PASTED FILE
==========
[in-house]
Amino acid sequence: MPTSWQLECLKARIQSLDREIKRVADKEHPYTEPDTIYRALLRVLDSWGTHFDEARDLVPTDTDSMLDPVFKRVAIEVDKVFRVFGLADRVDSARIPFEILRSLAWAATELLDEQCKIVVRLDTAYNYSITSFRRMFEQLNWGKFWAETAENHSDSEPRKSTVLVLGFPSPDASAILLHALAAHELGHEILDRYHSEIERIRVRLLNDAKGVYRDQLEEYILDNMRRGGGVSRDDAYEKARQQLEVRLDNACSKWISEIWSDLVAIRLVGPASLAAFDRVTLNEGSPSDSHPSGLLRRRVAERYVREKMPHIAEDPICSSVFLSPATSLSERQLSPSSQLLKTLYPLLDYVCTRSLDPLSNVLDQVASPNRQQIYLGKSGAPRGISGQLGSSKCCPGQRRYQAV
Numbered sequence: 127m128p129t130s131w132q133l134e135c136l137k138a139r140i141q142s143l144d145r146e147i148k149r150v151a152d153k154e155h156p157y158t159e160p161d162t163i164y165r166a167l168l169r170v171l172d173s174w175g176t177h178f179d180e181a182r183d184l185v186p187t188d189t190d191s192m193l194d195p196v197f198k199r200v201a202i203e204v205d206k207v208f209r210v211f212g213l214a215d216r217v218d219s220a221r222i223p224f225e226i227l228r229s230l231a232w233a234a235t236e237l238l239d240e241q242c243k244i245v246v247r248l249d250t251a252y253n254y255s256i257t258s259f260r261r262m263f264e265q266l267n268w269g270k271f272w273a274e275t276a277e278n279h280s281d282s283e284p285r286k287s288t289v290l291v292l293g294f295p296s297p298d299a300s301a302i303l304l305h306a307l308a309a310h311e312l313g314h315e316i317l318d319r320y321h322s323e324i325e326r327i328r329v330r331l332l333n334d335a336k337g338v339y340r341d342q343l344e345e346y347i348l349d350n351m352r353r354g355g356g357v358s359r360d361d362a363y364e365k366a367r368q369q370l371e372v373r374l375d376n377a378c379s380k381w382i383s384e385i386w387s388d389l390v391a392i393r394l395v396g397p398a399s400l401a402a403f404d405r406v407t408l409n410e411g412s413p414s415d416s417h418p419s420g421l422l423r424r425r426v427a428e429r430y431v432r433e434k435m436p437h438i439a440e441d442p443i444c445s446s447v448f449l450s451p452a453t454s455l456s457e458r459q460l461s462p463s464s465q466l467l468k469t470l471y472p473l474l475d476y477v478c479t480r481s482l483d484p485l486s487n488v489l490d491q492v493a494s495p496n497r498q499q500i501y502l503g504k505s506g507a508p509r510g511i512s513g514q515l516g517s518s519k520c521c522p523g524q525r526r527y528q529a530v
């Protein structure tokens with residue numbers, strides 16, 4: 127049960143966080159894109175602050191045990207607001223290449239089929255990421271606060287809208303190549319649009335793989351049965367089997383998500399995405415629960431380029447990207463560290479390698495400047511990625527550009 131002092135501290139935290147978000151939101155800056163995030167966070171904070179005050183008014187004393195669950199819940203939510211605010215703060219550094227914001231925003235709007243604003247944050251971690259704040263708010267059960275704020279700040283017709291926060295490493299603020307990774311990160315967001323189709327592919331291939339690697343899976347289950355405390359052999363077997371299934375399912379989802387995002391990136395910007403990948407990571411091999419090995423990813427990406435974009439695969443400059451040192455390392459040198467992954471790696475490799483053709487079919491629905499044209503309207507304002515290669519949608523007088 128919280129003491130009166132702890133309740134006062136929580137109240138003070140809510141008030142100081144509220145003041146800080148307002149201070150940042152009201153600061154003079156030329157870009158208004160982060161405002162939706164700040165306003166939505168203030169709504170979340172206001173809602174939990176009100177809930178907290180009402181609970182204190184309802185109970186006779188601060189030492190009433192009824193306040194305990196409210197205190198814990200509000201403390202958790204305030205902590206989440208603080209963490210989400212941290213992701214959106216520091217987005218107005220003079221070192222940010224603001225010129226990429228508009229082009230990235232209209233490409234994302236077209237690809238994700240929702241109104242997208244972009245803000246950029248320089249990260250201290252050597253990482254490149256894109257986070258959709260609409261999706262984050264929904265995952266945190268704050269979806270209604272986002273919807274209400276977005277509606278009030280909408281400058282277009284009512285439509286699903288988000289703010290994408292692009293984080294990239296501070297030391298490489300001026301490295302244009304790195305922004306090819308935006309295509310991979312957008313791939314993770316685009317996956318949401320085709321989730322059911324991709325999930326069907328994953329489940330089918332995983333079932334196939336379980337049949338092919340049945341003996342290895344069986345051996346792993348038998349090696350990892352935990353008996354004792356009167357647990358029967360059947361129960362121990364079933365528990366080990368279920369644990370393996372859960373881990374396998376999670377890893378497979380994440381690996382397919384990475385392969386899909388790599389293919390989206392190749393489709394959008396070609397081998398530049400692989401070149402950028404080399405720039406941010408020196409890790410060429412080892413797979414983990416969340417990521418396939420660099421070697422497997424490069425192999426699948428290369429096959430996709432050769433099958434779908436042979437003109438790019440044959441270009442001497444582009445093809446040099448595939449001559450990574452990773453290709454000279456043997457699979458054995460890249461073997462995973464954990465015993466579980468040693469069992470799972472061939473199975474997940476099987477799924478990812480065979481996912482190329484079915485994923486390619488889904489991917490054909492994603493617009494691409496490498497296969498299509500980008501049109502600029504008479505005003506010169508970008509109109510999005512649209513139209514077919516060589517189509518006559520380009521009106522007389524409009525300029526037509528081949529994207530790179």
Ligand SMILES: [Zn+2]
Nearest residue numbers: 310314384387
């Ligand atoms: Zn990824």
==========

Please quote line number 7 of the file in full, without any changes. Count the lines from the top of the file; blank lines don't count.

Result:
């Ligand atoms: Zn990824």